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Color0's Micro RC Blog -- A technical brain dump from the mind of yours truly...
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PN Racing 4D Trigger -- Setting it Up

Posted 09-22-2012 at 09:20 PM by color0
Updated 09-22-2012 at 09:30 PM by color0
Hey everyone,

Sorry it took me so long to get this article out, but it is here finally.

The PN Racing 4D Trigger is a pretty clever bit, essentially it puts all the contact surfaces (forward/reverse) of the trigger on relocatable pivots so you can very carefully control how the trigger feels in your index finger. This allows you to have a true no-play, no-lag trigger, and you can have full confidence in modulating the brake and throttle input as this trigger (when set up properly) WILL NOT slip off your finger. It also looks like the freakin' Terminator, if that's your thing.



You do have to put in some work to get the functionality out of it though, and if you've been wondering how the heck it should be done, you can take a look at my setup and try it out as a baseline.

First things first, adjustments on this trigger are made by a normal 1.5mm hex wrench, which secures a set screw sitting inside a ball. Overtighten any one of these balls and you will mar the steel shaft, so be warned -- I messed this one up early on and had to Dremel polish the shaft to get the balls back on lol.

As far as adjusting the trigger goes, it's all giong to depend on how your hand is preferably positioned. My left hand tends to sit high/"choke up" on the EX-10 pistol grip, so that's why the first alu piece on your finger pad (let's call this the forward pad, as you press this to go) sits almost at its highest setting for me (teal arrow pointing up). If you grab your radio at a lower position then you will want to lower this part to match where your index finger most naturally lines up.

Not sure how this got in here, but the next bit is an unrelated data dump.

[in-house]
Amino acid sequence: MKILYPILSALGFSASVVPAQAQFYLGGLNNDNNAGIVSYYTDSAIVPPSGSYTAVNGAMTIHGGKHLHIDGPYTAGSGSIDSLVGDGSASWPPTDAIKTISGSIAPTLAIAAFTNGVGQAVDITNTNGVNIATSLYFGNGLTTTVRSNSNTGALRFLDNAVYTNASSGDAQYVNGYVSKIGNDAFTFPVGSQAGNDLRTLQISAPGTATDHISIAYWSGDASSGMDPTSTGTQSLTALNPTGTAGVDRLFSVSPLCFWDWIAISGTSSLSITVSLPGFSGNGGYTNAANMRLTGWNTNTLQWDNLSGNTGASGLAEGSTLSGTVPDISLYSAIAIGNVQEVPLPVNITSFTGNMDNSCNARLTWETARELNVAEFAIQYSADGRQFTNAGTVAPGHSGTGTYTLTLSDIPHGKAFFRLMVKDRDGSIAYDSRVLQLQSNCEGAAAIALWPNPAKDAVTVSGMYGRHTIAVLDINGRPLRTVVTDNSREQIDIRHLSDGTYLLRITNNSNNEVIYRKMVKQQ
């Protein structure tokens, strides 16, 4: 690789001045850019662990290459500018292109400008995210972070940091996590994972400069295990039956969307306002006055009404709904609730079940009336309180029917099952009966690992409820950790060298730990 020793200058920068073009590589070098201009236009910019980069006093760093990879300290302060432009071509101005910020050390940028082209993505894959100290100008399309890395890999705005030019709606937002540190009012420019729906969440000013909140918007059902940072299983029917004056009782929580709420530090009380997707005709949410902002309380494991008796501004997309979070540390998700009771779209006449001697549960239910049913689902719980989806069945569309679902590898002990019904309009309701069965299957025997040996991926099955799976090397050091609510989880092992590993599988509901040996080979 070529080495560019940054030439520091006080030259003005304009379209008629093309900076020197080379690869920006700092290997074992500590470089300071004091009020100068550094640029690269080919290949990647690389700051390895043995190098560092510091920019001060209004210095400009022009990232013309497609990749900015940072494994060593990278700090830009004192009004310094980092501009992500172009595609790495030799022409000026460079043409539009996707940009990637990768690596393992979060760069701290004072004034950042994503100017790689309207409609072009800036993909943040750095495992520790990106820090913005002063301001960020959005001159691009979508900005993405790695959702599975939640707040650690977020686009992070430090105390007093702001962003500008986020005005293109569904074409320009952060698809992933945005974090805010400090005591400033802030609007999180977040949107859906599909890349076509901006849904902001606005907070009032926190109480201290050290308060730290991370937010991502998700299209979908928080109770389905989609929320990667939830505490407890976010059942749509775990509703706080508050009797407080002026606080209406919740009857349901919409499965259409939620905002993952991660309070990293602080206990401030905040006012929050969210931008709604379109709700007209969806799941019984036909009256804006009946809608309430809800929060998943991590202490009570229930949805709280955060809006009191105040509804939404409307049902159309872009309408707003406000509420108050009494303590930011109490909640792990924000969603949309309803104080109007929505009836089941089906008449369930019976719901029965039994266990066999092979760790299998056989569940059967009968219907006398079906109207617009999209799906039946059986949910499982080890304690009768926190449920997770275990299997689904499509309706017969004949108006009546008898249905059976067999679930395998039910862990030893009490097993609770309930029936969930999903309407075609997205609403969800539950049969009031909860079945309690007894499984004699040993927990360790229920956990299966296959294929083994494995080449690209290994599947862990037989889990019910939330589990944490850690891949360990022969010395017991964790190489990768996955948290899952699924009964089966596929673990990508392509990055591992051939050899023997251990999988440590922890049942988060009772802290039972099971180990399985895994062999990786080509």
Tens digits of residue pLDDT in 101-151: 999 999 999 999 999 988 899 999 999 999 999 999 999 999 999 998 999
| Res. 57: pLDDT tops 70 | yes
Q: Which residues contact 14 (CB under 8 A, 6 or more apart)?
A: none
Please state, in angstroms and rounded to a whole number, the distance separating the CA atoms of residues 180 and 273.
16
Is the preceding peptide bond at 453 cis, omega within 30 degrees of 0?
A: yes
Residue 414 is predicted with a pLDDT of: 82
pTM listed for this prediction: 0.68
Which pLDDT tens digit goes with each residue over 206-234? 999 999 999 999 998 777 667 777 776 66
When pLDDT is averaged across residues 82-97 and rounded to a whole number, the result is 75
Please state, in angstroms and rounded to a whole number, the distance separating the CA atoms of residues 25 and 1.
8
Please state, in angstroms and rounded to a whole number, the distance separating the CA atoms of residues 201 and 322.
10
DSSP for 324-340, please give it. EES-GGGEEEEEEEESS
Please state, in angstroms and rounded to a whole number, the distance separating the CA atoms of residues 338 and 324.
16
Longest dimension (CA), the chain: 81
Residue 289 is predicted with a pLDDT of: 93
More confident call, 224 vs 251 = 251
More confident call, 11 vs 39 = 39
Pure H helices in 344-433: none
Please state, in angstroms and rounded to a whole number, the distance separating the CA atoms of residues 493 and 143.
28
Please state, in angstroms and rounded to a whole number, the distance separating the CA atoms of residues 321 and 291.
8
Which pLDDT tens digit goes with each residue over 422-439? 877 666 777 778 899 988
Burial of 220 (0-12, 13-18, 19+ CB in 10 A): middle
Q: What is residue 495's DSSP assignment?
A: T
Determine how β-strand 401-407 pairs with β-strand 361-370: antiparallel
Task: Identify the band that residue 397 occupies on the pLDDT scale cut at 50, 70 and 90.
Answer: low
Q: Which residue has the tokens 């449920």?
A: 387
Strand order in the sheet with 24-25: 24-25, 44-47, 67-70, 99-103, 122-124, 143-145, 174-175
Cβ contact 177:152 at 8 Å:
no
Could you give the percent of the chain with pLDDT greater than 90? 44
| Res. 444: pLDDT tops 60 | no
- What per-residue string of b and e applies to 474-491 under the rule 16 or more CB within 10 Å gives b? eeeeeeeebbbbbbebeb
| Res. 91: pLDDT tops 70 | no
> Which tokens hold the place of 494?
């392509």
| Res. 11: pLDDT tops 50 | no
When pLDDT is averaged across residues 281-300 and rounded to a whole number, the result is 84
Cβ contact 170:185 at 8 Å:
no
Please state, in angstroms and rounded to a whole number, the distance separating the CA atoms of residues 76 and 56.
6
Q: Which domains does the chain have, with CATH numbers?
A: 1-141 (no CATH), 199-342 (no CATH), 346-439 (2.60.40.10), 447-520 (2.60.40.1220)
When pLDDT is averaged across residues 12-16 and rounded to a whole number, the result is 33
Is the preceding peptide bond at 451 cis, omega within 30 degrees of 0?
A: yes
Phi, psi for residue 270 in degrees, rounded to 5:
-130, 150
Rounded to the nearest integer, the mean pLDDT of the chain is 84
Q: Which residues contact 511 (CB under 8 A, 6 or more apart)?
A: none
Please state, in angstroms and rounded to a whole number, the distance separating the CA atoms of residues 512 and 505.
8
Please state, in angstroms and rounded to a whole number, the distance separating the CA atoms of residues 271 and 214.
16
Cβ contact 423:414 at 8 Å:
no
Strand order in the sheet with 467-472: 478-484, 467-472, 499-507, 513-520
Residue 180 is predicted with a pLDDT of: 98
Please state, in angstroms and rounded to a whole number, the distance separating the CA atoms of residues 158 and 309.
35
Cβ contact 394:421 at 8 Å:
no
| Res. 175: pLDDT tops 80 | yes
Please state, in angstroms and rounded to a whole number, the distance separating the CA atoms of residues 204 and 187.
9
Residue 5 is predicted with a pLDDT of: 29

The second arrow in the above image indicates the slight twist outwards that I give the forward pad, in order to mesh exactly right with the angle of my index finger when in neutral trigger position. It's less than 5 degrees of twist, but this makes all the difference because the edge of the forward pad can be sharp! I actually filed mine down on all edges with a dremel and sandpaper to smooth out the contours.

On to the piece that contacts the back of your finger (let's call this the "reverse pad"). There are many ways to set this one but the most important thing is to avoid scratching your finger at any point during the forward/reverse throttle travel. Again, the edges are sharp so I filed down everything, but even then the curve of the reverse pad is a little too much, and I can't make it fit comfortably on my relatively slender finger. So, that's why the velcro is there. To make it fit with the extra thickness of the velcro, I moved the shaft mounting the reverse pad outwards (arrow pointing left, below), slide the reverse pad itself downwards to match up to where the forward pad would place my finger, and finally gave the reverse pad a bit of a twist too in order to feel the best in the "transition area" between forward and reverse/braking. With the velcro in place, the twisted mounting of both pads allows the trigger to be really snug, but without pinching my finger in any range of movement.



The way I placed the velcro is also important: the top edge of the forward and reverse pads is exceptionally narrow and no amount of Dremeling/filing would dull it off for me, so I went with plan B and just covered up those edges with velcro. However, you can see (left side of the velcro strip) that the contact area with the forward pad is very, very small, and so I ended up supergluing the entire velcro strip in once I had confirmed that everything was comfortable.



So there you go, from this last closeup you should be able to see that the 4D trigger can really take out 100% of the free space between your finger and your trigger -- the hole left in the gap is pretty much the exact cross-section of my index finger lol. Pretty slick. And with the velcro acting as a comfort pad, I've become much more willing to use the brakes than before, as well as much more able to modulate the brakes from 0-50%. It's an expensive part to buy at first but the added comfort and precision have improved my ability to place the car a lot -- even if you don't gain in absolute fast lap times, you definitely should notice more consistency when your finger doesn't shift on the trigger anymore.

Lastly, the trigger evidently fits all EX-1 (Mars, Mars R, UR), EX-1 KIY and EX-10 models from KO Propo without modification. So for now at least, you can buy only one trigger and move it around whenever you decide to upgrade/change radios.
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